The center drew the last card: personnel reshuffle. In February 1983, Yang Yichen was transferred to Beijing as the supreme people’s procurator-general. Given that his transfer had already been decided in December 1982, Yang’s speech was apparently the last expression of his firm stance on the household responsibility reform. With Yang’s departure, Heilongjiang’s pace of implementation skyrocketed within two months, from 12 percent in December 1982 to 73 percent in February 1983. Because Yang’s successor, Li Li’an, was known to be sympathetic to the decollectivization reform, Heilongjiang’s household responsibility reform took off thereafter.

The quote is from Jae Ho Chung’s Centrifugal Empire: Central-Local Relations in China.

The topic of local resistance to reform seems timely, as it’s emerged as a persistent theme under Xi Jinping. Premier Li Keqiang made headlines in 2014 when he called local officials “passive” and “lax,” and this year Xi Jinping devoted much of a meeting of his reform task force to urging better implementation of reform plans.

The comparison with the 1980s episode helps clarify some of the differences: it doesn’t look like China is experiencing ideologically driven local opposition to specific reforms. Rather, as investigations into the resistance to reform have found, the central government is making huge numbers of contradictory demands on local officials, and then punishing them severely when things go wrong. The result is an understandable lack of willingness to take risks and make commitments, quite the opposite of the valorization of local initiative and experiments in the 1980s.

On Nightfall, What It Is, and Whether It Falls on Us

I enjoyed these passages in A. Roger Ekirch’s At Day’s Close: Night in Times Pasta well-known and well-liked work of social history, where he describes how the term “nightfall” reveals an older way of thinking about night. Not as the absence of light, but as an actual substance descending from the sky. As he points out, “falling” is not in fact an accurate visual description of what happens at sundown:

Rather than falling, night, to the watchful eye, rises. Emerging first in the valleys, shadows slowly ascend sloping hillsides. Fading rays known as “sunsuckers” dart upward behind clouds as if being inhaled for another day. While pastures and woodlands are lost to gloom, the western sky remains aglow even as the sun draws low beneath the horizon. …

Darkness signified more than the temporary absence of light. According to popular cosmology, night actually fell each evening with the descent of noxious vapors from the sky. Night, wrote Richard Niccols in 1610, “did powre grim darknesse downe.” Kept at bay by daylight, descending mists reportedly contributed, no less than the sun’s departure, to the onset of darkness. In Herefordshire, nightfall was known as “drop night.” Some individuals described themselves “within night,” as if enveloped by a mammoth black cloud; in fact, criminal prosecutions in Scottish courts routinely referred to offenses having been committed “under cloud of night.” …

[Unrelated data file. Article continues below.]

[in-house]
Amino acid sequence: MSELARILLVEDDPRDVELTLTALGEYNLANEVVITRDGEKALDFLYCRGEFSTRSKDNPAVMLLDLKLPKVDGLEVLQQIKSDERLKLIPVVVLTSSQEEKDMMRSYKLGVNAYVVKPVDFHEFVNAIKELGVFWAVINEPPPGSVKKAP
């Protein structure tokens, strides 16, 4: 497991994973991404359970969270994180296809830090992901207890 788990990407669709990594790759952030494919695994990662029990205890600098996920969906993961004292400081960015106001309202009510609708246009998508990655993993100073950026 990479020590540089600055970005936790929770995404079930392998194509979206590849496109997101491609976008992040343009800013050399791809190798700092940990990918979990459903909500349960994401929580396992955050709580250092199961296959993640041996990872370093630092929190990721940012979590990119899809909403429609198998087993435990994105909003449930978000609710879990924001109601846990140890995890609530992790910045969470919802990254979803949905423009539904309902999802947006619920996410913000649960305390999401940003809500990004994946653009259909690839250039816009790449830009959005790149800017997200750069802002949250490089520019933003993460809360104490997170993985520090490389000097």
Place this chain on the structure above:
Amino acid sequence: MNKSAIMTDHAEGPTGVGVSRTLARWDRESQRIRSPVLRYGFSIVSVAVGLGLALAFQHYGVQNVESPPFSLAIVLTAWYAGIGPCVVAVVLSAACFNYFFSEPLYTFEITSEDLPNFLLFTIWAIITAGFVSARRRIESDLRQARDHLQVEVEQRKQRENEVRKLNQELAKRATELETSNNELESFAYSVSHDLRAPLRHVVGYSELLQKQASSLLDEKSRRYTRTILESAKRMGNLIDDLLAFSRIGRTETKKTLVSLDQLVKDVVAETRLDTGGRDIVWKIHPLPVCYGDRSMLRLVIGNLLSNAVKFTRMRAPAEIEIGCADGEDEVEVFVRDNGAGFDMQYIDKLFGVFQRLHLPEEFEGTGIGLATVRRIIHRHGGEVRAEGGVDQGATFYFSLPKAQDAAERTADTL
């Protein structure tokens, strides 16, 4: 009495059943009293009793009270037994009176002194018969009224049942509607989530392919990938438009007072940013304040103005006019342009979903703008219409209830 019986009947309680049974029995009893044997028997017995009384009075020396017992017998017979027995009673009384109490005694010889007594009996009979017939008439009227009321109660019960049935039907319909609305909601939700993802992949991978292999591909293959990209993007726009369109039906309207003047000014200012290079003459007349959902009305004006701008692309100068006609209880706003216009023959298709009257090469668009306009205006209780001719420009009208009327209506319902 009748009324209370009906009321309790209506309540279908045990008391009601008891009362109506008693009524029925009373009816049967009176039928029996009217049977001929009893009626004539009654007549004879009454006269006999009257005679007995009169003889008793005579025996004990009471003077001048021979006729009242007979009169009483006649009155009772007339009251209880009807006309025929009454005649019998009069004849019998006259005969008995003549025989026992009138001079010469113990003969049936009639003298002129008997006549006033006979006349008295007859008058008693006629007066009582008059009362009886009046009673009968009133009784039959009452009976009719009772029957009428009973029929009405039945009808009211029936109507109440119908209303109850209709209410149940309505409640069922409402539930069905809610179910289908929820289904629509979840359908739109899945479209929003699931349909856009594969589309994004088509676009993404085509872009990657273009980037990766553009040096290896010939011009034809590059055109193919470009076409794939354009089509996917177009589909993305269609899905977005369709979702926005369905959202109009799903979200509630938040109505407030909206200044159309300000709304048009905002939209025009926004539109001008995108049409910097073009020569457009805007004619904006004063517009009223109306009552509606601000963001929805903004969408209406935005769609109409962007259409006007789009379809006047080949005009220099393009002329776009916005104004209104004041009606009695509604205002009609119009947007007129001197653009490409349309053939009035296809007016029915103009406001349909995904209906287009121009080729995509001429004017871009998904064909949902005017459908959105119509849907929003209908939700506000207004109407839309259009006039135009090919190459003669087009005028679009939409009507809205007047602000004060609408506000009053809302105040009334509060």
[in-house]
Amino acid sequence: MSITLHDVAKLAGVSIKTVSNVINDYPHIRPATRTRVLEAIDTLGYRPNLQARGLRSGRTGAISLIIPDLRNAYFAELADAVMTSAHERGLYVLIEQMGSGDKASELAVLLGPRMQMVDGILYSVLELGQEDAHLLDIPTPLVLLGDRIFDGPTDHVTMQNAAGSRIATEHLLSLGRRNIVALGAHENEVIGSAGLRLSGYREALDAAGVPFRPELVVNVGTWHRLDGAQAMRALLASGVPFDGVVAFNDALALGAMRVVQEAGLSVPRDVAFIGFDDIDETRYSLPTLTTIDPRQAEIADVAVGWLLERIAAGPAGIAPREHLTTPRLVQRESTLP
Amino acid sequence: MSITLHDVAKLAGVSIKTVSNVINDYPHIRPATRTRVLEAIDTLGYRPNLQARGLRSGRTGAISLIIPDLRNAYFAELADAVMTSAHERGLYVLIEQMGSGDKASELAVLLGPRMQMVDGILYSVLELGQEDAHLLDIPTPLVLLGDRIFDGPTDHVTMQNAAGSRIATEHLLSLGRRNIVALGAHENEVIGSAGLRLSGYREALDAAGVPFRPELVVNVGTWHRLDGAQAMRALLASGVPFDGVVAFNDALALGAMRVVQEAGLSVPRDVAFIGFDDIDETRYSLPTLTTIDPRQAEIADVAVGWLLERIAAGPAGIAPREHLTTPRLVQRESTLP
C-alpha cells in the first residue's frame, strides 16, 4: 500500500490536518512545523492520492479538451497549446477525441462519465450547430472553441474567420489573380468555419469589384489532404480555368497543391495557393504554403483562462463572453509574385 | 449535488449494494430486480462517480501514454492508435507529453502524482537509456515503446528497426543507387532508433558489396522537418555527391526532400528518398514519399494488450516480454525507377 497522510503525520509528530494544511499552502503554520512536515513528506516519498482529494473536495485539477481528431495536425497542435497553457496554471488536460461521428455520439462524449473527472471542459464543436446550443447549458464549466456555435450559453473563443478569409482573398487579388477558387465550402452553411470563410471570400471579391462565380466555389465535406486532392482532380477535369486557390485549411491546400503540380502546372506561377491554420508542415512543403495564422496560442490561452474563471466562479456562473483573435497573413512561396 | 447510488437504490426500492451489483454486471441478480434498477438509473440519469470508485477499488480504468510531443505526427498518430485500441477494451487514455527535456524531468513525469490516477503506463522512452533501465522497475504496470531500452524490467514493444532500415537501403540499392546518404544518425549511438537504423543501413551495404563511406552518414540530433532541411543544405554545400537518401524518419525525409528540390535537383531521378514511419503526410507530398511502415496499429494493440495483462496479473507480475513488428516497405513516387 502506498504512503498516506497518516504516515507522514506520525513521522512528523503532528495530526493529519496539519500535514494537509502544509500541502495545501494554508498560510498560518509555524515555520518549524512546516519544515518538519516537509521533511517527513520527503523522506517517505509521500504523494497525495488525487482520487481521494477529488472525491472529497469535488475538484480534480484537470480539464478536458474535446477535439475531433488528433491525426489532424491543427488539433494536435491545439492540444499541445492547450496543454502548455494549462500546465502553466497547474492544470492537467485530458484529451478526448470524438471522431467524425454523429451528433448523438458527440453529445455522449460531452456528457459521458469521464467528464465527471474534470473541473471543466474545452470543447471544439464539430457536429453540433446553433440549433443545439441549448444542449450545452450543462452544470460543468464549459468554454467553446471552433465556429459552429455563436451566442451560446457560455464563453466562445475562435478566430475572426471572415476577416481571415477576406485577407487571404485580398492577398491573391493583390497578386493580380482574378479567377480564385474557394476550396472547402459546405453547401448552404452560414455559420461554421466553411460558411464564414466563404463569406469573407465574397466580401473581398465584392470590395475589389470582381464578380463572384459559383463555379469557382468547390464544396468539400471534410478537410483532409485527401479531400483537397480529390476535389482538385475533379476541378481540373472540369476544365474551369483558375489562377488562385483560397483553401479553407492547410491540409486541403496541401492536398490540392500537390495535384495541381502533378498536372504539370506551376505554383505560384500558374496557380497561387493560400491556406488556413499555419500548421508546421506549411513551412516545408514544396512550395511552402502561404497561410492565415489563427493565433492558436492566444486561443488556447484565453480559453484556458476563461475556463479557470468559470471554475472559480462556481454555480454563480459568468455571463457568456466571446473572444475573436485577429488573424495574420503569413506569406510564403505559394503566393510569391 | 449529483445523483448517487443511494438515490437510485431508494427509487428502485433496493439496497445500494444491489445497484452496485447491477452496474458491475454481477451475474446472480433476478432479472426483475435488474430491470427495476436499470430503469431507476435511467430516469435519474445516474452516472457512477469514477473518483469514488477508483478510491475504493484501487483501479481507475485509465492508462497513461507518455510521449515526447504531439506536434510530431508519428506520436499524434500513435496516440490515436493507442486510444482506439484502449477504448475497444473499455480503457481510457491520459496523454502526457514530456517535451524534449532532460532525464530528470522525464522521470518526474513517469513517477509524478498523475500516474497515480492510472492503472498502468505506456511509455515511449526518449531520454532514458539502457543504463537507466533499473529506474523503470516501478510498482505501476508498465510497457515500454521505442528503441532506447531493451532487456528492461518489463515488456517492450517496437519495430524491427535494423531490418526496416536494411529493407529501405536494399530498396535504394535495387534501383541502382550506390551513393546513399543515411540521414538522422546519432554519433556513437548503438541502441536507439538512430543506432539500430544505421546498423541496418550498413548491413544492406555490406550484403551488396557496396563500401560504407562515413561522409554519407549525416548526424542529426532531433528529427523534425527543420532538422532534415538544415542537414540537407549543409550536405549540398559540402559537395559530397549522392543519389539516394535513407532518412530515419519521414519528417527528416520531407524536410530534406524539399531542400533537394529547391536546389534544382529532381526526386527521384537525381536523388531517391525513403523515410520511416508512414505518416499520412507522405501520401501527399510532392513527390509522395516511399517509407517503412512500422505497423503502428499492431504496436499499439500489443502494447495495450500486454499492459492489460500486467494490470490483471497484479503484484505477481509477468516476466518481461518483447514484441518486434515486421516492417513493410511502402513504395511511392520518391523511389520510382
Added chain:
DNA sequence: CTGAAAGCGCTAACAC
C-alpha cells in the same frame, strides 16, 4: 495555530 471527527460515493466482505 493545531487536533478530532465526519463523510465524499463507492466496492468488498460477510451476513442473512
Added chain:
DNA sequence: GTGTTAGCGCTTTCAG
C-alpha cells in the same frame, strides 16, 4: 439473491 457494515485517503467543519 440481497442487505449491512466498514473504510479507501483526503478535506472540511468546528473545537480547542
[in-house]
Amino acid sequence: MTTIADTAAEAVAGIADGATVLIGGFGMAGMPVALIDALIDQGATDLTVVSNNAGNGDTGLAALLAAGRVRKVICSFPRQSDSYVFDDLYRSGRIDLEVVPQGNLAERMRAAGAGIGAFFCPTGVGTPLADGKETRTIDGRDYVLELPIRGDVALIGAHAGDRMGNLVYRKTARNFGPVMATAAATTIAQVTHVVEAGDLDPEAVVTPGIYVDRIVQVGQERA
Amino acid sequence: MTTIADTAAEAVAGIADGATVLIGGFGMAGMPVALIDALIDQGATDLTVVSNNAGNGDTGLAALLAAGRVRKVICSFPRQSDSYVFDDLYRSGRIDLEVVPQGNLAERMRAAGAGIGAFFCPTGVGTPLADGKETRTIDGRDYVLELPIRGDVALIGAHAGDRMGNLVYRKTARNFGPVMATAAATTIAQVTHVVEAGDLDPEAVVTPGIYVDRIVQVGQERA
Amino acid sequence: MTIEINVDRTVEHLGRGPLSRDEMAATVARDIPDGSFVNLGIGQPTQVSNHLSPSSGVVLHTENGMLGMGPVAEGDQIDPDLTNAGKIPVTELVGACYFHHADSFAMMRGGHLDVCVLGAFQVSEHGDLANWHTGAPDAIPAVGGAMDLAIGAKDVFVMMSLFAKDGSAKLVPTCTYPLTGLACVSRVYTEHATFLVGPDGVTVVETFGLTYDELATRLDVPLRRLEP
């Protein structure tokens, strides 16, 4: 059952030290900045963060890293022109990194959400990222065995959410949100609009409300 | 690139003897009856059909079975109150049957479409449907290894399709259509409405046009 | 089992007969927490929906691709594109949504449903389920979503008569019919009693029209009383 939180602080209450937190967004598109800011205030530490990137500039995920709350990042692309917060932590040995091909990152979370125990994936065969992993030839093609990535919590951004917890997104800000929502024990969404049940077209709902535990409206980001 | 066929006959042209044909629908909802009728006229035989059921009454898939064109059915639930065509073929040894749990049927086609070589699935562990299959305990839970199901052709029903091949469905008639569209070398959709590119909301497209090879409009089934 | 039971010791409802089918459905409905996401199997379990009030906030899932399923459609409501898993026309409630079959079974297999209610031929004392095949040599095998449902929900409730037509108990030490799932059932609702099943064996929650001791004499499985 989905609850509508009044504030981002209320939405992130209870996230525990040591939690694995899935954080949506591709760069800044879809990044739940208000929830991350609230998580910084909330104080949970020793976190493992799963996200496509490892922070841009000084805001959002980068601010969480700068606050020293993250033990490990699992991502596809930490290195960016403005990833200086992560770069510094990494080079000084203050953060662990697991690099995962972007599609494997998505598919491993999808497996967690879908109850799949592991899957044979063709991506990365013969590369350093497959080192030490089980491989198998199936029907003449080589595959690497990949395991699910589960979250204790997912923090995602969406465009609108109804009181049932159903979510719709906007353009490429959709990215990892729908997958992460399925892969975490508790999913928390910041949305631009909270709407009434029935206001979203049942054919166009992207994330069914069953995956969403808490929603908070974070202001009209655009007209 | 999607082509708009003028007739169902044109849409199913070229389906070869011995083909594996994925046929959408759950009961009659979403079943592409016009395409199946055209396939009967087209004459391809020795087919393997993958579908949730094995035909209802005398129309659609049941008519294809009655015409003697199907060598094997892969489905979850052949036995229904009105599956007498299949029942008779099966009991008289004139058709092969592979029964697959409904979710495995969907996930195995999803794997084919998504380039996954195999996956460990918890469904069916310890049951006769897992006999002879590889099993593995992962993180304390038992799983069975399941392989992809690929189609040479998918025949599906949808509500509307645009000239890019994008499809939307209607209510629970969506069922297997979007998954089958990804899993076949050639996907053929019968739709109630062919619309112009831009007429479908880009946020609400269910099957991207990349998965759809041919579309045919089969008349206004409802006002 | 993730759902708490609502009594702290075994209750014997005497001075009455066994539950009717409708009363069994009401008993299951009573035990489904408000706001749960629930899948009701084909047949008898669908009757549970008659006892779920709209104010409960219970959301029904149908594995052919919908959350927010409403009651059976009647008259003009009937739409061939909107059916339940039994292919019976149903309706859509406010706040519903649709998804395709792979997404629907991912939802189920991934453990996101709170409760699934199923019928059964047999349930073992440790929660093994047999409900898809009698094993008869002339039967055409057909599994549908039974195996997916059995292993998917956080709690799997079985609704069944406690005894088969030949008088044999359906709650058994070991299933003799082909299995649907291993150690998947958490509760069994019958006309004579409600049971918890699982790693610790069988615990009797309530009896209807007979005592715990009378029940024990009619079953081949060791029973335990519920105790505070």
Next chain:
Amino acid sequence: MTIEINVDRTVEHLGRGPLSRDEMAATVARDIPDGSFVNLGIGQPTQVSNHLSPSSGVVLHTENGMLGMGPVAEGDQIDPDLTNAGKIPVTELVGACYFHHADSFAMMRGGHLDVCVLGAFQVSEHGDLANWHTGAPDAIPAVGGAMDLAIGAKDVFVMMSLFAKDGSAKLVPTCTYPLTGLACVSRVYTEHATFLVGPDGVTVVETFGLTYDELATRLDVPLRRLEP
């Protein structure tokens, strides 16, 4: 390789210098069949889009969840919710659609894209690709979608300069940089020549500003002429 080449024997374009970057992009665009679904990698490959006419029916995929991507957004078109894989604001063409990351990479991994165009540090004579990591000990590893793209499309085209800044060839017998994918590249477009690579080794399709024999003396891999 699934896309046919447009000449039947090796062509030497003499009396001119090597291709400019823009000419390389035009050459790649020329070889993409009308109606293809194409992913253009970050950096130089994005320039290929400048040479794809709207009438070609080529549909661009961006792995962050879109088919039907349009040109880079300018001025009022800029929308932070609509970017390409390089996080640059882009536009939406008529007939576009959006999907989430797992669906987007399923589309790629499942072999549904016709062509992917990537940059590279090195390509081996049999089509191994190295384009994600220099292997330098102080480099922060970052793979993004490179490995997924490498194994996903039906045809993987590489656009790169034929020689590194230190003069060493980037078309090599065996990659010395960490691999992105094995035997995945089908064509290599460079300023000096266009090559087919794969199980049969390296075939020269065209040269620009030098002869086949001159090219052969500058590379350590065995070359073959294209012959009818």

In his essay “On Nightfall, What It Is, and Whether It Falls on Us,” the sixteenth-century French physician Laurent Joubert derided popular fears… he disputed the prevailing notion that “nightfall is a certain rheumatic quality in the evening and night air that falls from the sky.” “There is no evil quality in nightfall air,” he insisted, with night itself being “nothing more than the obscurity or darkness of the air as a result of the absence of the sun.” All the same, the traditional wisdom about nightfall persisted for many years.

The idea of sixteenth-century pamphleteers duking it out over the reality of nightfall, in a sort of archaic version of internet flame wars over climate change, is somehow very pleasing.

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The socialist urbanization series

In 2014, China adopted what it called a “new-style” urbanization policy. But it was more like “everything old is new again.” Rather than resetting priorities, the policy reinforced many of the existing tendencies: a desire to control and even reduce the population of the largest cities, and a preference for pushing population flows into smaller cities.

These goals are now being backed by ever more forceful measures, as the government adopts coercive methods to reduce the population of Beijing and Shanghai, and launches megaprojects to resettle people in entirely new cities. Understanding this development has been a recent obsession of mine. Here’s what I have learned so far:

 

Soviet urbanization was highly coercive

If there is a consensus view of the first decades of Soviet economic history, it probably goes something like this: Stalin oversaw a dramatic transformation of the Russian economy from agrarian to industrial, but at enormous and unnecessary human cost. The most famous example of his coercive policies leading to terrible human costs is probably agricultural collectivization, but in recent reading I learned that the early urbanization drive was also highly coercive.